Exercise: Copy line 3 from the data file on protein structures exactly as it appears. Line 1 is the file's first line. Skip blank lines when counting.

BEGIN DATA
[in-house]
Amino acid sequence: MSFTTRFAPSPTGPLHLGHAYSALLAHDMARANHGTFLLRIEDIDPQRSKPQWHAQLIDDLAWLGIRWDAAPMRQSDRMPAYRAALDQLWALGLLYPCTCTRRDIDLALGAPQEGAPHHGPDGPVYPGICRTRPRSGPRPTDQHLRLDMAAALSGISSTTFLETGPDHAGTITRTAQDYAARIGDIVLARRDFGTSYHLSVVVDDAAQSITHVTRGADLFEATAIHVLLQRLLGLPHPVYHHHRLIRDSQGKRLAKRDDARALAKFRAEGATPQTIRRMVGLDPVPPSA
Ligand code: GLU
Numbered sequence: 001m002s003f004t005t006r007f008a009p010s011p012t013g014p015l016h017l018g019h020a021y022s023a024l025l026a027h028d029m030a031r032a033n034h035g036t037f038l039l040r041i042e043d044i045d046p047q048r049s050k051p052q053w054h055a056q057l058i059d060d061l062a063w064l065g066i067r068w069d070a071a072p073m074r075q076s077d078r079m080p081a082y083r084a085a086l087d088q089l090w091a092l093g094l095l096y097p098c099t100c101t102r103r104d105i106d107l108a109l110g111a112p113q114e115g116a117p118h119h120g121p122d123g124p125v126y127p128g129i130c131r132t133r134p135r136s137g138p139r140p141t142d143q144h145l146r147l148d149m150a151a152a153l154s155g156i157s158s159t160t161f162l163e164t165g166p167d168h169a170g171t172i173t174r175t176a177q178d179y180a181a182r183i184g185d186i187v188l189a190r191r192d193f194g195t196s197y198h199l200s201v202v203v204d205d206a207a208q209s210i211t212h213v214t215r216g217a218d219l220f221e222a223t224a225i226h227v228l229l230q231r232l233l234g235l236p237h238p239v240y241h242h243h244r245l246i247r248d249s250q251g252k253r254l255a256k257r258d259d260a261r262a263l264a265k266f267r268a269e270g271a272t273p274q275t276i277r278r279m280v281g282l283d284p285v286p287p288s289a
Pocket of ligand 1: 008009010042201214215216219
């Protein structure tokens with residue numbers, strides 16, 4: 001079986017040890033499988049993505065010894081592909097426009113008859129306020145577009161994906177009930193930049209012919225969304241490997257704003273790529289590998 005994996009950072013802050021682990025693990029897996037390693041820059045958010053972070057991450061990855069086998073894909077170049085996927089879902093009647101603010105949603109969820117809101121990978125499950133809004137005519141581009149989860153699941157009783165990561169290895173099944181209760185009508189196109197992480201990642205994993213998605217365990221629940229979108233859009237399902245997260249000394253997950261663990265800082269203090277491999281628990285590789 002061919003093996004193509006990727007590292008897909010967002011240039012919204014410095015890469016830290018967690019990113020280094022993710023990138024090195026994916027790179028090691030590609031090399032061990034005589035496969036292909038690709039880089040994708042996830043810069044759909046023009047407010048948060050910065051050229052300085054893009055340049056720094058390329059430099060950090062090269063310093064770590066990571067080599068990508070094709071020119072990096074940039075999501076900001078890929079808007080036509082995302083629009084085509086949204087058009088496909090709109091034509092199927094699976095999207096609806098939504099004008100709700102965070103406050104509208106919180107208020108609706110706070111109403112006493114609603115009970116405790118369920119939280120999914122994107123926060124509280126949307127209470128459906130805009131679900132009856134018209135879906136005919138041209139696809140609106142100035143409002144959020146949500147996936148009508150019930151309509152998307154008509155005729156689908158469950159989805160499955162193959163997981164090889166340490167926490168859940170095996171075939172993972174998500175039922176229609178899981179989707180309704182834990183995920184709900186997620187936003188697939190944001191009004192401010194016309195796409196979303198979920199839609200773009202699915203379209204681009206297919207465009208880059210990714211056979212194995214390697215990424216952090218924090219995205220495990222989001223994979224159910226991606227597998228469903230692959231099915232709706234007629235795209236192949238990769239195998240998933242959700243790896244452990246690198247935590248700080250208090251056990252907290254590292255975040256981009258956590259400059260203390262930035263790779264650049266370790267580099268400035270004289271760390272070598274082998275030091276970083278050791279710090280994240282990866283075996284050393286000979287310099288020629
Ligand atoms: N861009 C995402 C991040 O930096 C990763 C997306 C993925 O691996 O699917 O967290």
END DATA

Ligand code: GLU